Originally Posted by cdcox
This is my point. Once you get past the denial stage, and ignore the most extreme proposals, reasonable people can talk about moderate steps that could be taken to address the situation. But we can't do that because we can't move past the denial stage.
Number 7 doesn't really require that much projecting of cost/benefits. For example, a seawall to protect NYC is projected at $20B. Sandy cost NYC $19B in lost economic activity and 43 lives. If you get another Sandy type storm in the next 10 years, it is pretty clear evidence that the cost benefit favors building the seawall.
But you don't spend billions, on a projection of something that might happen. In other words, if Sandy had not yet occurred, and someone were advocating a seawall for NYC based on predicted potential storms that would crash the city, I'd say let's wait and see.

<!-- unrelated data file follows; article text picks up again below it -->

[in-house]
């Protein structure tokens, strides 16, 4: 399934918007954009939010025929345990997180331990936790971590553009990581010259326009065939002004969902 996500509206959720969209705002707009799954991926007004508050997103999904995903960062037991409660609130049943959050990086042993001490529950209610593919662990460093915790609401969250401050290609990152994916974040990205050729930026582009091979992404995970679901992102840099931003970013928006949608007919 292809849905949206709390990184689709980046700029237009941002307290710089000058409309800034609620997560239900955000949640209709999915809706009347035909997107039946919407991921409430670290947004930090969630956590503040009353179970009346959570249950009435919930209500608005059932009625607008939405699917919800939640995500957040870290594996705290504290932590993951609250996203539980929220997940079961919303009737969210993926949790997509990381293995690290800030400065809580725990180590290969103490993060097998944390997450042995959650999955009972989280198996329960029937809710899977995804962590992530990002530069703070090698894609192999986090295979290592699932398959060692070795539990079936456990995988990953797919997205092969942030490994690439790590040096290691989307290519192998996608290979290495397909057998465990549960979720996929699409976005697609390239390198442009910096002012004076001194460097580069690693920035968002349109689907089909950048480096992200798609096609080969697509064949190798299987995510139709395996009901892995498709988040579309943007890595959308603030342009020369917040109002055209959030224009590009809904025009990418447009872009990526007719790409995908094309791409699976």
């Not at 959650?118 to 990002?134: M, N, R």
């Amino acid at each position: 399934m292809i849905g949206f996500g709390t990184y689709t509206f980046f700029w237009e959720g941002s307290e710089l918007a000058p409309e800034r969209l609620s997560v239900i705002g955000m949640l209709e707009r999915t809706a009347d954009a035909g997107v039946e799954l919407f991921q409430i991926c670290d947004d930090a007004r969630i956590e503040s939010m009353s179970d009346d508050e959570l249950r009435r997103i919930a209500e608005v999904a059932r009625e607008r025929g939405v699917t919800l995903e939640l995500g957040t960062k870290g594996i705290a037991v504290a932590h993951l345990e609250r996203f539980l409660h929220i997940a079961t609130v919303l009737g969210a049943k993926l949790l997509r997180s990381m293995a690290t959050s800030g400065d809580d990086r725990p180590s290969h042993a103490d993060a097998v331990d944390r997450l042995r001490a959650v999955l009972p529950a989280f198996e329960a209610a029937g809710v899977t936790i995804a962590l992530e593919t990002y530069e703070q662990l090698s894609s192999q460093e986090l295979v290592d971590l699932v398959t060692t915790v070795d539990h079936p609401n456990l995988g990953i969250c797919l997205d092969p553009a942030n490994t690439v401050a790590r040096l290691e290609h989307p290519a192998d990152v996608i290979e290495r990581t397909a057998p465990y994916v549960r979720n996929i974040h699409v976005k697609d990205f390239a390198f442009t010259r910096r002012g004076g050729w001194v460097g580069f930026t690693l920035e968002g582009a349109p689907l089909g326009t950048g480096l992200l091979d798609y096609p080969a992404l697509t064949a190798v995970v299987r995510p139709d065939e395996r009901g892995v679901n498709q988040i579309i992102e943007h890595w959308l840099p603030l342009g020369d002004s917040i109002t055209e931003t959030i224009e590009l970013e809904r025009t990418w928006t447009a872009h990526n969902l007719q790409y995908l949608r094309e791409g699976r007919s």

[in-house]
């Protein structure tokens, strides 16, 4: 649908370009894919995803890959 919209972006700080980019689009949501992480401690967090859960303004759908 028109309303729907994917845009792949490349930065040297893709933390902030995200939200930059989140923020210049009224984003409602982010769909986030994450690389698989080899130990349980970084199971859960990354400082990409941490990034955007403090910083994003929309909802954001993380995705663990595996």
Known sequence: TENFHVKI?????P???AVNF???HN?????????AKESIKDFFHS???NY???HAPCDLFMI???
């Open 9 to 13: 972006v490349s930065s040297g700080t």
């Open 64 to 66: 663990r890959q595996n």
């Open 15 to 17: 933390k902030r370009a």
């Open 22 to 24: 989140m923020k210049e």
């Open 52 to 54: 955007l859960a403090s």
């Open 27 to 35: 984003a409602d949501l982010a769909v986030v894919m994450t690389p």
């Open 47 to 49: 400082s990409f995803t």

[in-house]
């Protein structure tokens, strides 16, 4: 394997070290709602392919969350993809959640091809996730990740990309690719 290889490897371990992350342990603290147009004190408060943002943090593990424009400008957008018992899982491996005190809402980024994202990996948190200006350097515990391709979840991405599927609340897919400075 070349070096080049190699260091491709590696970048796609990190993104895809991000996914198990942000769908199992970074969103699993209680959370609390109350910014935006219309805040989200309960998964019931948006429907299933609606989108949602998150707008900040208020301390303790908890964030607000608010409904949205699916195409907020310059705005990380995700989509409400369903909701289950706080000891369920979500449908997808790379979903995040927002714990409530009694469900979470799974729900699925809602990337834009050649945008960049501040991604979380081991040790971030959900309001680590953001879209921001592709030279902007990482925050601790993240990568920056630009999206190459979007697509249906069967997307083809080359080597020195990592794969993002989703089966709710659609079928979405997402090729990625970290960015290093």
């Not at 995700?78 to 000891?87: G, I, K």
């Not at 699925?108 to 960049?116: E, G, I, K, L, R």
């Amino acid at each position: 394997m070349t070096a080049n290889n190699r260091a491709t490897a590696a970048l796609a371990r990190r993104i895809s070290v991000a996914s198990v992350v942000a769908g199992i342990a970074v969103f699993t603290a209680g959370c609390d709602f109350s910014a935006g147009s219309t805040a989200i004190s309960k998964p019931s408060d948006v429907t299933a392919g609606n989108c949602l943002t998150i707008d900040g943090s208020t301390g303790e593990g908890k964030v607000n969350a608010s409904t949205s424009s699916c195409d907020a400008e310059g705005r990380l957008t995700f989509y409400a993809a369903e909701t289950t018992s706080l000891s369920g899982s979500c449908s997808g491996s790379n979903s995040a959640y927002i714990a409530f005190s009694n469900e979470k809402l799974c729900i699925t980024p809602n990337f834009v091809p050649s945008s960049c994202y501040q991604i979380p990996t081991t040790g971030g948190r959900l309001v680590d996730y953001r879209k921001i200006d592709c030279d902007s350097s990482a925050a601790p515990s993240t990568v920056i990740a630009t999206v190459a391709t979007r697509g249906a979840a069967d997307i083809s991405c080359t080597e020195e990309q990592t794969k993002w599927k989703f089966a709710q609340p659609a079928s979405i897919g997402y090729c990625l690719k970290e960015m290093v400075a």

But the planning for these types of hardened infrastructure takes time, and often times multiple iterations, so we should begin that planning process now.
Do we build a seawall for every major city on the coast or just NYC? Shouldn't the people of NYC or the state of New York be interested in building a seawall if the cost benefit case is so strong? Or is it possible that there are other, higher priority uses for that $20b?
I don't think denial is the only obstacle here. It might not even be the biggest. It makes sense to consider ideas like the NYC seawall, but there are opportunity costs involved too.